The sexual revolution that began in the 1960’s was not as logical; it saw affection as an unlimited resource, multiplied by dispersal. Those old enough may remember “The Harrad Experiment,” the Robert Rimmer novel that imagined an intentional programme of sexual freedom being staged on a college campus. The musical “Hair” and “Make Love, Not War” buttons were among the many expressions of this onrushing revolution. It wasn’t just racy stuff (though it was that), it was also a seriously-advanced philosophical position, an example of progress marching on. As at Oneida, the sexual revolution was welcomed as an attribute of utopia.

So why didn’t it succeed? A few decades later, the current crop of teens and twenties seems to be staging their own revolt, postponing sexual involvement, embracing chastity, just-saying-no to their elders’ prescription for groovy holistic oneness. Did anyone notice a concerted media/entertainment/education effort to discourage teen sex during those years? Me neither. Mysterious. Did these kids somehow get the idea they have the right to think for themselves?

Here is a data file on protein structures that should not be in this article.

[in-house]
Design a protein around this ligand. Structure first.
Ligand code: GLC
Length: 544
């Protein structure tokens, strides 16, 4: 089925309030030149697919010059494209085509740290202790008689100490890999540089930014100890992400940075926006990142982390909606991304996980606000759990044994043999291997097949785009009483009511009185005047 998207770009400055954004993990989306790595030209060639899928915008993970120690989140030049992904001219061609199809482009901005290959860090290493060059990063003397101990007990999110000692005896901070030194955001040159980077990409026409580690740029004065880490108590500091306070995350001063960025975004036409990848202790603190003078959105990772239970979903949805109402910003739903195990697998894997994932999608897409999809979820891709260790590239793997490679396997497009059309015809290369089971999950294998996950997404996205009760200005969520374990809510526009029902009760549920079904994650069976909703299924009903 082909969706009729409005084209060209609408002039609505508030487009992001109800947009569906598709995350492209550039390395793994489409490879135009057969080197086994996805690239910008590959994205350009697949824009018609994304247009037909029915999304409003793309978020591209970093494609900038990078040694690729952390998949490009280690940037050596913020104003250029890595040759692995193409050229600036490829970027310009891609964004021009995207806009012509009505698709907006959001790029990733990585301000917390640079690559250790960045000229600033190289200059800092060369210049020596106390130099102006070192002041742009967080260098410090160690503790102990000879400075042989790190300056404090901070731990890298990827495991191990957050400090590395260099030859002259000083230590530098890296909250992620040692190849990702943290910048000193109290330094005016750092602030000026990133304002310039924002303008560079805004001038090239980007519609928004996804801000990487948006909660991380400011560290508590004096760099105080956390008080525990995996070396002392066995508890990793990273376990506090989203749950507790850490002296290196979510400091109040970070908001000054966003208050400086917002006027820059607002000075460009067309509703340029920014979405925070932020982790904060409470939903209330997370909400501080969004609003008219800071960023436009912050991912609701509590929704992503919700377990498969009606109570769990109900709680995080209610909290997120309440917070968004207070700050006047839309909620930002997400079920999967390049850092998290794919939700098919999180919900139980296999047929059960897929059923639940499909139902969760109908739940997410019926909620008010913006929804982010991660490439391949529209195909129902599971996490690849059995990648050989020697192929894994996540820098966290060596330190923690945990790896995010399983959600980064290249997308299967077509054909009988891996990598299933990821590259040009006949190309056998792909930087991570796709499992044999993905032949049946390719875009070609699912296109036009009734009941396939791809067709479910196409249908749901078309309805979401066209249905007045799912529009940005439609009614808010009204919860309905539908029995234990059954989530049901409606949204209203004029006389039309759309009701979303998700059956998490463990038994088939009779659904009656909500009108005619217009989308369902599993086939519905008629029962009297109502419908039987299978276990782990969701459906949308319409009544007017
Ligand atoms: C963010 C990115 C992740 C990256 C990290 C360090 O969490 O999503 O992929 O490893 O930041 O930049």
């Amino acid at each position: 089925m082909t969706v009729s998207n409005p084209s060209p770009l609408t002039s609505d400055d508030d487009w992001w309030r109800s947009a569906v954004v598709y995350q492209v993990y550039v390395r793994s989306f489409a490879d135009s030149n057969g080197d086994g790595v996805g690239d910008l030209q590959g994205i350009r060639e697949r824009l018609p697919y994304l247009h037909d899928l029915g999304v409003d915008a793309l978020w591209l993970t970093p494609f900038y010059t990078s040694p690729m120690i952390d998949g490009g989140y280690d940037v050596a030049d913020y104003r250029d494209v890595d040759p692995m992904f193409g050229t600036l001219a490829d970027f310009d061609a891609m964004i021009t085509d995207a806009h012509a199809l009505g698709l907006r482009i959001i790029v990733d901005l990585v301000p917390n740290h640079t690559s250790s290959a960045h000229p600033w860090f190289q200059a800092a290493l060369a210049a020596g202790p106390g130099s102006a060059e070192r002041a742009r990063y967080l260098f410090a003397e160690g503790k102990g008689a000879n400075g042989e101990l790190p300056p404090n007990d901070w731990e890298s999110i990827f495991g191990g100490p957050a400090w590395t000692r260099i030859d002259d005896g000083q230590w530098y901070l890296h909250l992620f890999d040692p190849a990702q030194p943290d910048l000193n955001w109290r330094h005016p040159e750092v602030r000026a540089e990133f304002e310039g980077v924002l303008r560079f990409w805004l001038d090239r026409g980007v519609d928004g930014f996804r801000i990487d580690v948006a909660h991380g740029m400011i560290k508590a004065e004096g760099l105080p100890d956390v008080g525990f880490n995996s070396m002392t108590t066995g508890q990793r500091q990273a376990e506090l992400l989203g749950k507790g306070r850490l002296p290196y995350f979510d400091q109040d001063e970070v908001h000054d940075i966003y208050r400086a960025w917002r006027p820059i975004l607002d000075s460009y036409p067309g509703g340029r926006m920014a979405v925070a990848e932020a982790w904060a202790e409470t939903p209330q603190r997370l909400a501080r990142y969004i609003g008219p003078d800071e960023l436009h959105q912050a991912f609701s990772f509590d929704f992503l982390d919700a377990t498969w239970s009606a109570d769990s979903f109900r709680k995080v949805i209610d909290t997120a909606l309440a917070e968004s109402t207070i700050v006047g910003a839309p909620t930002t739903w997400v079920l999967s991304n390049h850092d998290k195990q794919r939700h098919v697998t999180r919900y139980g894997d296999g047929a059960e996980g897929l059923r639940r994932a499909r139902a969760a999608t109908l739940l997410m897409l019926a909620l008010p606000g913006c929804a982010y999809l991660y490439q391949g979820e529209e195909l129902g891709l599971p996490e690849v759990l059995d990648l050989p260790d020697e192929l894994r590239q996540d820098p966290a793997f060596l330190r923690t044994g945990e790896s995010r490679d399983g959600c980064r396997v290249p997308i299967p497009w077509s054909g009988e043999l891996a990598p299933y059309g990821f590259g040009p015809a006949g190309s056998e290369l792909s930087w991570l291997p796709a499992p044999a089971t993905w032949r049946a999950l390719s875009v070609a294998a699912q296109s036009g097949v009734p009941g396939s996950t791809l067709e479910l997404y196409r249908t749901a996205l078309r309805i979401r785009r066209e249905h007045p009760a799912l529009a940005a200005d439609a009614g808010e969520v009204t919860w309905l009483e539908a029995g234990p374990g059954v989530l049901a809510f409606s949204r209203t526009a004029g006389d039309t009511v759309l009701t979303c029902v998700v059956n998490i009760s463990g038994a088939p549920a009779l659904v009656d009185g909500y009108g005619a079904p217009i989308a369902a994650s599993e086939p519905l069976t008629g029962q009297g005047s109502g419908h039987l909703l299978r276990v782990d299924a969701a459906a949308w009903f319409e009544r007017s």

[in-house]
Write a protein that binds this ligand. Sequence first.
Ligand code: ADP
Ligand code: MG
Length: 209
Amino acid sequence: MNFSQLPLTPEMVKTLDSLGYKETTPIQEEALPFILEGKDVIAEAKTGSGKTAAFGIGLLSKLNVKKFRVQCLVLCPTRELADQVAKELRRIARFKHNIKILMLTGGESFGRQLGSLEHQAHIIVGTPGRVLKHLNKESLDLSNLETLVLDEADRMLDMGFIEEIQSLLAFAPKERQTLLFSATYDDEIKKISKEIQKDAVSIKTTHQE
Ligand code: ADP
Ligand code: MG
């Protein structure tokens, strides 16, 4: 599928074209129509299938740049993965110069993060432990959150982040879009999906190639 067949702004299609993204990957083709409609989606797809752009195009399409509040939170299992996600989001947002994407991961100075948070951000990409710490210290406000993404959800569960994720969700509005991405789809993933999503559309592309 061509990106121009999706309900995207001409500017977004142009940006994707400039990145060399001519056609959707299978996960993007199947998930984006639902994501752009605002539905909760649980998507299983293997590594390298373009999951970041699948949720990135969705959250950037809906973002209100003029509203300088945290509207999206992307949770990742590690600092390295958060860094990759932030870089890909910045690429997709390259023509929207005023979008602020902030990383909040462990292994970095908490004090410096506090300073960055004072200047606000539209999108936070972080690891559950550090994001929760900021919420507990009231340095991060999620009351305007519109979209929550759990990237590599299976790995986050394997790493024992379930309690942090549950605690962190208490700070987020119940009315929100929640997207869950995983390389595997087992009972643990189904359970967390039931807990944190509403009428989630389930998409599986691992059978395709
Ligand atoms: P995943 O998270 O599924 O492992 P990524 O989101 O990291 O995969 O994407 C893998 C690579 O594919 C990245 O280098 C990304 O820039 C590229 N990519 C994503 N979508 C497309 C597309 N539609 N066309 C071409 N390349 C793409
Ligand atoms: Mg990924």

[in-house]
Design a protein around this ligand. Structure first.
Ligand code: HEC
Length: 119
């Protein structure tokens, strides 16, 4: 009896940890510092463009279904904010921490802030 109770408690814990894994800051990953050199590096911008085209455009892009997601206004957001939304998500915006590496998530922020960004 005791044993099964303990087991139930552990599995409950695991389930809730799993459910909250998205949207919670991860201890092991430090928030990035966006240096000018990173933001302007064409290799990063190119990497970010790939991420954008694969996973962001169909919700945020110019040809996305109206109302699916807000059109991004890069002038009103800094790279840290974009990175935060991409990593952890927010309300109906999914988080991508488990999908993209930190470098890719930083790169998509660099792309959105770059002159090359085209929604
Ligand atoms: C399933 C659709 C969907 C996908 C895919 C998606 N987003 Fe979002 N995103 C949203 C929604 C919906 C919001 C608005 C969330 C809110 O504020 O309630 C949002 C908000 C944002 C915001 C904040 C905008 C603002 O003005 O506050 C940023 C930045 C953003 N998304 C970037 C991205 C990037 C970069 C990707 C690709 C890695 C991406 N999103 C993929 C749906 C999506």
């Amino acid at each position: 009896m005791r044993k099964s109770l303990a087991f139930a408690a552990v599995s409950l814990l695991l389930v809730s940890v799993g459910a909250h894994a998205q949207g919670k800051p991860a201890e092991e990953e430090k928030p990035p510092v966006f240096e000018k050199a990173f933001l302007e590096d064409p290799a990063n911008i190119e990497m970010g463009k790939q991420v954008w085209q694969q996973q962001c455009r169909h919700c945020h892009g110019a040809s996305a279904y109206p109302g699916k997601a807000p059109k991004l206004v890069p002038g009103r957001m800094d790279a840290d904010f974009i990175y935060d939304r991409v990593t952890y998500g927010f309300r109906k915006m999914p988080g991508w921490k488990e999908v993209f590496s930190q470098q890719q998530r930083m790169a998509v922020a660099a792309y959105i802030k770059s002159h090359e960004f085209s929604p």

Other studies support this decline. A 1994 Roper Starch-SIECUS survey pegged the number of sexually-experienced high schoolers at only 36%. Many of those who had wished they hadn’t: 62% of sexually experienced girls, and 54% of all experienced high schoolers, said they “should have waited.” A yearly UCLA study questions 250,000 college freshmen. In 1987 approval of casual sex stood at 52%; by 1996 it had dropped to 42%. (Approval of abortion is dropping as well; those most likely to call abortion “murder” are between the ages of 18 and 29.) Younger Americans are somehow finding the resolve to turn sex down, even if it’s “free.”

It happened at Oneida too. Thirty years after they burned the dolls, John Humphrey Noyes was an aged man, fleeing the grounds of the commune under cover of darkness. He’d heard rumors that Oneida defectors were telling federal investigators that he had been having sex with underage girls; these charges were true. Noyes hid in exile and wrote exhortatory letters home, but without his stern presence the old longings for fidelity and marriage began re-emerging.